Russia, Belarus, and Kazakhstan have agreed to create a body regulating their trade and economies that could eventually become a Eurasian economic union.
The presidents of the three former Soviet republics — which already have a customs union — signed a declaration in the Kremlin targeting a full “Eurasian economic union” by 2015.
Russia’s Dmitry Medvedev, Belarus’s Alyaksandr Lukashenka, and Nursultan Nazarbaev of Kazakhstan also signed an accord on the creation of a super-national executive body to oversee tighter economic integration.
Russian Prime Minister Vladimir Putin recently evoked the idea of an EU-style Eurasian economic union to bring former Soviet republics closer.
Medvedev said any former Soviet republic would be welcome to join.
“We have taken a new and very powerful step on the path to forming a Eurasian Economic Union, a union that without a doubt will determine the future of our countries,” Medvedev said at the signing, televised live on Russian state TV.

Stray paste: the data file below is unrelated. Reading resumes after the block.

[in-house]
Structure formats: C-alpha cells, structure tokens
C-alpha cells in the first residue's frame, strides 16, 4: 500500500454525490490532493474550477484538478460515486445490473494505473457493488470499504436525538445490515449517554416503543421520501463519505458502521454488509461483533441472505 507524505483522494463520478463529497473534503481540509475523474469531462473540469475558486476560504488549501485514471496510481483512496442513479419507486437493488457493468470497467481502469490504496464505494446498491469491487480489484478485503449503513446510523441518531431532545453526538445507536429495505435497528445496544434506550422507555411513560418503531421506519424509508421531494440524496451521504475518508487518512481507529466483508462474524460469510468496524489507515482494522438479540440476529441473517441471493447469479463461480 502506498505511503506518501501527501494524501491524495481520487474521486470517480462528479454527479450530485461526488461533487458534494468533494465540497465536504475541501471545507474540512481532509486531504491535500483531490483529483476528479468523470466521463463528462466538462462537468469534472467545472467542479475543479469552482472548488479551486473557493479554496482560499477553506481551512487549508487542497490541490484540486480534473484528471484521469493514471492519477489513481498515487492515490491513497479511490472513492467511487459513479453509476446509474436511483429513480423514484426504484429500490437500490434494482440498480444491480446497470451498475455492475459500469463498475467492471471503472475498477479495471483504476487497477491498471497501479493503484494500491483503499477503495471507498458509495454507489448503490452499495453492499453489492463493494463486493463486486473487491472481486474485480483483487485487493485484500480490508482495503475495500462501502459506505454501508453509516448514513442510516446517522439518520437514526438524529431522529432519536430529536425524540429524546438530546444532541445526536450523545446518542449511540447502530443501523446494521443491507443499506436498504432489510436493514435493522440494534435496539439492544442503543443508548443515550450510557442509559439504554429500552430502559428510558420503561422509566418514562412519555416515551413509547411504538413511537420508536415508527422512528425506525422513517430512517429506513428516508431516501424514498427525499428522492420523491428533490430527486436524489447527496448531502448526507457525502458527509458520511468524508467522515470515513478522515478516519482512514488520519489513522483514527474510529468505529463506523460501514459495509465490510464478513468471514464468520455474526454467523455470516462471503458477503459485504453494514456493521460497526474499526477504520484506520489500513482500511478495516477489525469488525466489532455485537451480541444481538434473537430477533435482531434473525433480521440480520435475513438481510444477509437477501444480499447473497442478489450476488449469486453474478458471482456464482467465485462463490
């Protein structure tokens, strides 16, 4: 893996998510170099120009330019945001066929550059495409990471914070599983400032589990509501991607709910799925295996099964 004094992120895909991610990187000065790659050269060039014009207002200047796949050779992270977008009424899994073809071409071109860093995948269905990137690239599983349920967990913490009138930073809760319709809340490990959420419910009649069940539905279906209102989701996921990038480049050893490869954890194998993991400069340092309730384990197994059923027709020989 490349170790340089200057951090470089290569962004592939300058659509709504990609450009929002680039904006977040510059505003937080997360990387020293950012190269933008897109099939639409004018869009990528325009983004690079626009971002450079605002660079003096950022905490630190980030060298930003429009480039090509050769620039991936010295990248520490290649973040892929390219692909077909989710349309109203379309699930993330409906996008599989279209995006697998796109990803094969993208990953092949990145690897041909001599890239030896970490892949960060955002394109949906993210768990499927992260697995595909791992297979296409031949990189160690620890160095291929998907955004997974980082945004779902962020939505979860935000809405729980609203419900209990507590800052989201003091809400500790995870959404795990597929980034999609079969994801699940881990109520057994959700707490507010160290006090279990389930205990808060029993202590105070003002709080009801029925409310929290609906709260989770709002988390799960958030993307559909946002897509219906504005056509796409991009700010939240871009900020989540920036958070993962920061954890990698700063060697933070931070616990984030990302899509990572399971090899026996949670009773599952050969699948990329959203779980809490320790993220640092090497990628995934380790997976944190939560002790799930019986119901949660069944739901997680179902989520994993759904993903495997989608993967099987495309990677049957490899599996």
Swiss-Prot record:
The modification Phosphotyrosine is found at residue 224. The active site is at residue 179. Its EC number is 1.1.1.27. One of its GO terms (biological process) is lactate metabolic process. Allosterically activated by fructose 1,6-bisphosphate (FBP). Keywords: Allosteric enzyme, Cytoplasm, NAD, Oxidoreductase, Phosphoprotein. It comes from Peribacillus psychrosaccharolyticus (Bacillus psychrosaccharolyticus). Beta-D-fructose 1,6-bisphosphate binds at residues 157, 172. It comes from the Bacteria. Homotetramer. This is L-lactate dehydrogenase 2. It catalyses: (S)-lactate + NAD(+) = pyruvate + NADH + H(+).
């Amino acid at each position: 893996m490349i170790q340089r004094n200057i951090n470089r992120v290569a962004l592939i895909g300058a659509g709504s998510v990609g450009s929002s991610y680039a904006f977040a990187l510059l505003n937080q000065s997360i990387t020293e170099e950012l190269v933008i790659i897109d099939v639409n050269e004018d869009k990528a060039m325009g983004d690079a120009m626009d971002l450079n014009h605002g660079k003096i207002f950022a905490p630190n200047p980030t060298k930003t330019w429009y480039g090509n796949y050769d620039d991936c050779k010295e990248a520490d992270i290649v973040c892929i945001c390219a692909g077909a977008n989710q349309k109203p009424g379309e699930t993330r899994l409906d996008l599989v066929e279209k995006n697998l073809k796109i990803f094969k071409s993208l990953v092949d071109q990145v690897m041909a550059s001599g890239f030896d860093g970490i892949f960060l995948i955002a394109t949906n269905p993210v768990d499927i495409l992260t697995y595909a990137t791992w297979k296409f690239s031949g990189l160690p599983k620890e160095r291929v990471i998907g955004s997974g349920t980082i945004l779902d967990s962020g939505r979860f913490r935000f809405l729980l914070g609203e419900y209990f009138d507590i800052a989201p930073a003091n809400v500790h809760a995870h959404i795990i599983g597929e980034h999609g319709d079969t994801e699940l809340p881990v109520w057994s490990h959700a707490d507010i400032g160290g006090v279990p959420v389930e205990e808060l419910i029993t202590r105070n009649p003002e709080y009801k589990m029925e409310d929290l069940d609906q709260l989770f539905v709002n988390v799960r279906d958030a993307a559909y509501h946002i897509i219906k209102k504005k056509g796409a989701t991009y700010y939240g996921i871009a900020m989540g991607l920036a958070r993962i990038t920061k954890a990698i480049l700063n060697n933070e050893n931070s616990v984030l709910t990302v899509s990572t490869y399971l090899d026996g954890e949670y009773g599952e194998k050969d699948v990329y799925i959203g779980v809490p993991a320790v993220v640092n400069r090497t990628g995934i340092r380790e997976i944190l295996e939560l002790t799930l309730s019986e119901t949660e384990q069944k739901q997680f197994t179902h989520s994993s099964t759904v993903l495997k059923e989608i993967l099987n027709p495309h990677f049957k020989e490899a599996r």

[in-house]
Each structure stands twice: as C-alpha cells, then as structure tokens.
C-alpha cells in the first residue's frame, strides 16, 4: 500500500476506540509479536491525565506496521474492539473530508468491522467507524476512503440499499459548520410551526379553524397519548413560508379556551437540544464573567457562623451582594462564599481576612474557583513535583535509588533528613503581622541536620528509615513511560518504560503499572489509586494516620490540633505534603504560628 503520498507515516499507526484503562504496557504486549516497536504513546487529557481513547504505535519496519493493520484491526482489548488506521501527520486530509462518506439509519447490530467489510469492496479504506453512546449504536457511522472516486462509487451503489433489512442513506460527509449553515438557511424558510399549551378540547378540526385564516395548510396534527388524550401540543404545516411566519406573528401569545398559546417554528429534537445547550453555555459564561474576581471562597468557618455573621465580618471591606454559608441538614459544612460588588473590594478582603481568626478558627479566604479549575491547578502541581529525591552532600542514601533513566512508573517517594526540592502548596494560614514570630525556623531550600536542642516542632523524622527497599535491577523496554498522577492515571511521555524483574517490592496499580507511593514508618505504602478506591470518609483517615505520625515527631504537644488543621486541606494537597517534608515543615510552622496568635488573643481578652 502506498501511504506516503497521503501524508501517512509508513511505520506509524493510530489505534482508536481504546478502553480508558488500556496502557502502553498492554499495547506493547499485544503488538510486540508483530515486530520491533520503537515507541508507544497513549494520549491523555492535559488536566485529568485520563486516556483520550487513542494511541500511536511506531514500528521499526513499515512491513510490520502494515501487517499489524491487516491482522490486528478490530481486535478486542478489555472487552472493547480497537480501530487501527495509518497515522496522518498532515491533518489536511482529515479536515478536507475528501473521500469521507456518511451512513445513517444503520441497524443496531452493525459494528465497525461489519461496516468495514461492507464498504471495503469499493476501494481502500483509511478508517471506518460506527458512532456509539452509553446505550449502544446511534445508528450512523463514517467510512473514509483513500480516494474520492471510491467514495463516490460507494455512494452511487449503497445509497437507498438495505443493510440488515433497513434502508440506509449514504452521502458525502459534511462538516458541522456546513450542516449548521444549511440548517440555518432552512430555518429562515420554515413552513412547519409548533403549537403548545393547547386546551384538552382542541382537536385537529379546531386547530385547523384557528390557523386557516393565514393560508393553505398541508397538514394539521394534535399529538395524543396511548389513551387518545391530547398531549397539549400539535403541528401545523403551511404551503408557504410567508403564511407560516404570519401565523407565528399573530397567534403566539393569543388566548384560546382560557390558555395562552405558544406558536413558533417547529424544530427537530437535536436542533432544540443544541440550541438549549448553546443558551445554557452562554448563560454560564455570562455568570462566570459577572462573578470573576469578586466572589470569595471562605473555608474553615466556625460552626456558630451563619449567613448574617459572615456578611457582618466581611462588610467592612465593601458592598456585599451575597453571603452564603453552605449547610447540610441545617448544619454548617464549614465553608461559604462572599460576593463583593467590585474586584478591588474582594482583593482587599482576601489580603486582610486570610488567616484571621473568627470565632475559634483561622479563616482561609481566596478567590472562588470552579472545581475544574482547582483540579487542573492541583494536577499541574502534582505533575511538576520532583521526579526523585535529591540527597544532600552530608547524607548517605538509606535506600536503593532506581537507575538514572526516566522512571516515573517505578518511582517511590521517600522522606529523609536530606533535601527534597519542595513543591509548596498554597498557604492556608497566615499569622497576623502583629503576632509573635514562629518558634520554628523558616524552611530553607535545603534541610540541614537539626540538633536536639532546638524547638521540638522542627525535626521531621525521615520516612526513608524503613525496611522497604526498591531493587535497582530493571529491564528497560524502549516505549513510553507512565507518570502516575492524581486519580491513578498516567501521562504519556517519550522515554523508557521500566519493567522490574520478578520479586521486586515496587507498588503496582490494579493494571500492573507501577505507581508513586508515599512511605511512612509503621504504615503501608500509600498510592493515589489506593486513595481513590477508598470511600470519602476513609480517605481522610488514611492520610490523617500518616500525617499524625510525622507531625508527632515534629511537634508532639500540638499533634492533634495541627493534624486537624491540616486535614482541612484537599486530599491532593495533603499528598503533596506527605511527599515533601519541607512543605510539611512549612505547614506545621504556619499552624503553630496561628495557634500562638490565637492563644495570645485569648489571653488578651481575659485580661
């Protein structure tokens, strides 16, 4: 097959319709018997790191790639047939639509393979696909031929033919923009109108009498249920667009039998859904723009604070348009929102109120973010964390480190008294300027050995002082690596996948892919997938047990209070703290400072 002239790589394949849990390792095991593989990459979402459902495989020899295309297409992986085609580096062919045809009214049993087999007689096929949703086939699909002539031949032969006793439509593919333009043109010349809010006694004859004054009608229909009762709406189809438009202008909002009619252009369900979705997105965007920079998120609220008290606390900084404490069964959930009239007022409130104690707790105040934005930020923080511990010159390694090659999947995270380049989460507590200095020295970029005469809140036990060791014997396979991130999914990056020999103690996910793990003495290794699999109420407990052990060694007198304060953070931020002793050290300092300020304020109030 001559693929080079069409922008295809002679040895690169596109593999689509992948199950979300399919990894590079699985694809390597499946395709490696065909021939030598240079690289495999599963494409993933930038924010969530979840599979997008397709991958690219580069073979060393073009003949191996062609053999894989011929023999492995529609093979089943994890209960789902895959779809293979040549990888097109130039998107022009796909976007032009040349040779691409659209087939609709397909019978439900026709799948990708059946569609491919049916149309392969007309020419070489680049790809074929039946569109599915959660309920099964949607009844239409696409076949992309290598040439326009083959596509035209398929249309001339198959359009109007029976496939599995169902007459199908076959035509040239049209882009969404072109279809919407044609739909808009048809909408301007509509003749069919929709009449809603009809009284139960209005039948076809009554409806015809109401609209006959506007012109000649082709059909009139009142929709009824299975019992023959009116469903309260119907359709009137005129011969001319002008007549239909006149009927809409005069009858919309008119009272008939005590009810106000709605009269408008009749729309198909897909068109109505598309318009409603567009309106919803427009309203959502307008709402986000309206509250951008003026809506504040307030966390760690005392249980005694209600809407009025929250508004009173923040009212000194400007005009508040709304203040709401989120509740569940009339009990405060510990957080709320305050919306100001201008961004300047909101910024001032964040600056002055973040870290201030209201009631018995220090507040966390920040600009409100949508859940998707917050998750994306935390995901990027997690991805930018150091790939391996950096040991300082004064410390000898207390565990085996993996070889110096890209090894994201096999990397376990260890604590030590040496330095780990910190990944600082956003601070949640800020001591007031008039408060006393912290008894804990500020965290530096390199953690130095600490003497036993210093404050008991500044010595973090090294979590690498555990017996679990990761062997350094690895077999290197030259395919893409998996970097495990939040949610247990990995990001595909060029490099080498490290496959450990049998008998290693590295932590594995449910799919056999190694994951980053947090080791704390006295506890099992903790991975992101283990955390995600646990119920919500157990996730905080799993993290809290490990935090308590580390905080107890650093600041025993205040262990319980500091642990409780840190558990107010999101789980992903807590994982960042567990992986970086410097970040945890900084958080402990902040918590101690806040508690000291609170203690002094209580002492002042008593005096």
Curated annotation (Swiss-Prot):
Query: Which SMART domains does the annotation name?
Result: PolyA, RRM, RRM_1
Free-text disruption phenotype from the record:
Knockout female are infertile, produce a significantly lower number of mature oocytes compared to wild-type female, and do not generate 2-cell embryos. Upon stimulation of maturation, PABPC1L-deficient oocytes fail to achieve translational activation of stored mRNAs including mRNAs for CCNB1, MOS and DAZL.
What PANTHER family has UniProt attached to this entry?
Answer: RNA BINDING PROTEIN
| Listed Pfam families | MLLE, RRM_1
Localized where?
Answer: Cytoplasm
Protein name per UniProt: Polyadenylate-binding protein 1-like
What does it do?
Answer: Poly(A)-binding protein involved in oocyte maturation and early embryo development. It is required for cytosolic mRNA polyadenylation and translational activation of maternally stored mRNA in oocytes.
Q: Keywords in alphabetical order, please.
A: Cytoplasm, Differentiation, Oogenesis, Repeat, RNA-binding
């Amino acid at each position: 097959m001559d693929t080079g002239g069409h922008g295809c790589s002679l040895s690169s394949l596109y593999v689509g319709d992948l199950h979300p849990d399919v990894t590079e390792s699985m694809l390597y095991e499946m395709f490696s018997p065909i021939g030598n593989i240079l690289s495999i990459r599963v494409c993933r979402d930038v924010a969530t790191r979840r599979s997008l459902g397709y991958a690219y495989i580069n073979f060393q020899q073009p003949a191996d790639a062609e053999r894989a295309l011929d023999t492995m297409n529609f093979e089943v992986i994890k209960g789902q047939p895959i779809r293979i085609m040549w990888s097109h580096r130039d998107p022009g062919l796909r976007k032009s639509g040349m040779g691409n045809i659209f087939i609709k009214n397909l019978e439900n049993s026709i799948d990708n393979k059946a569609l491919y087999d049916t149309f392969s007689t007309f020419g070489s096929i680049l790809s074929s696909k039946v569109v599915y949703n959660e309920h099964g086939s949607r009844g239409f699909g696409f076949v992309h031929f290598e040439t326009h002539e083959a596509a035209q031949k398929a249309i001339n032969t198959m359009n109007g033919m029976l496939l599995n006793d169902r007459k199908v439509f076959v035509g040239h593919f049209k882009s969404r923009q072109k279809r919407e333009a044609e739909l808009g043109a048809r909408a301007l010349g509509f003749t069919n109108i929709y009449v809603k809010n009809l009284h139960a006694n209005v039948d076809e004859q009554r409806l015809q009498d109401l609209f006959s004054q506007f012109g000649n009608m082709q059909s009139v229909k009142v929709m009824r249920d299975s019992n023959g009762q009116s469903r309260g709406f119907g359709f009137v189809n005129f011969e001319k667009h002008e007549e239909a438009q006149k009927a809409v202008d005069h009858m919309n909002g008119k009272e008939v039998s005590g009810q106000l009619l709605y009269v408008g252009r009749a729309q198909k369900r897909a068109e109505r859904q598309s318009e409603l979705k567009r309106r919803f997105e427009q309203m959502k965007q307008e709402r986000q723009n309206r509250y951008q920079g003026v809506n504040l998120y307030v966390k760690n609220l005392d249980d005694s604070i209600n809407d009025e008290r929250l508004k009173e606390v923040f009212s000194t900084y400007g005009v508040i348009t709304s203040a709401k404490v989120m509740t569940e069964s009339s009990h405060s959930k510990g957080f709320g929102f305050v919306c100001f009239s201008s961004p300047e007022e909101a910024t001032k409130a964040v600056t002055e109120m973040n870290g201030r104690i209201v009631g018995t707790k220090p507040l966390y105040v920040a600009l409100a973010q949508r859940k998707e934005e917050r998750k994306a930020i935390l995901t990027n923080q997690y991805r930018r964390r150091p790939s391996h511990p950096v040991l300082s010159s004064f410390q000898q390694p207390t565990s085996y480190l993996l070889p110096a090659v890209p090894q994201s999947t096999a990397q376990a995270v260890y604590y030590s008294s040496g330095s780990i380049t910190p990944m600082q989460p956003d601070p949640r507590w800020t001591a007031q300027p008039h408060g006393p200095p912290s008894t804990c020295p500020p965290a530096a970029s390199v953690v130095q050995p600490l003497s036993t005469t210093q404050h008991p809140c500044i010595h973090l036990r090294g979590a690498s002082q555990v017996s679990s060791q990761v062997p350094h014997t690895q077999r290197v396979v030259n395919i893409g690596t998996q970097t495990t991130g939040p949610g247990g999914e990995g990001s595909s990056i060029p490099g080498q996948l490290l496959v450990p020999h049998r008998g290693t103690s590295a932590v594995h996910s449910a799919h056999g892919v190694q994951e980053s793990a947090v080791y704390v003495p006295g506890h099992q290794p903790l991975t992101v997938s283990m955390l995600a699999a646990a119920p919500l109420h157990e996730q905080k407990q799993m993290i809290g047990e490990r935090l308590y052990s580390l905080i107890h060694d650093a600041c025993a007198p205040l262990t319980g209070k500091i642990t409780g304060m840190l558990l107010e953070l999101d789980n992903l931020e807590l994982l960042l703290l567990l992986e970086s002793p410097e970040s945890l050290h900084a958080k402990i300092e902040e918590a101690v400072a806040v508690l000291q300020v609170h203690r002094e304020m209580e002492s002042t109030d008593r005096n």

Critics have said the project is aimed at recreating the former Soviet Union under another guise, but Kazakh President Nazarbaev rejected such a notion.
“How can anyone talk about a reincarnation [of the Soviet Union]? The Soviet Union existed under a firm administrative command system, with total state ownership of means of production, and a single communist ideology as the backbone of the Communist Party,” he said.
“Can anybody imagine the restoration of Gosplan or Gossnab [state planning and procurement bodies] now? We need to explain to people that these are just incomprehensible, phantom fears spread by our opponents, or simply, enemies, who simply don’t want any such integration to occur on this territory.”
The Eurasian Economic Commission will be headed by Russian Industry Minister Viktor Khristenko, and the Eurasian Economic Union will be headquartered in Moscow.
compiled from agency reports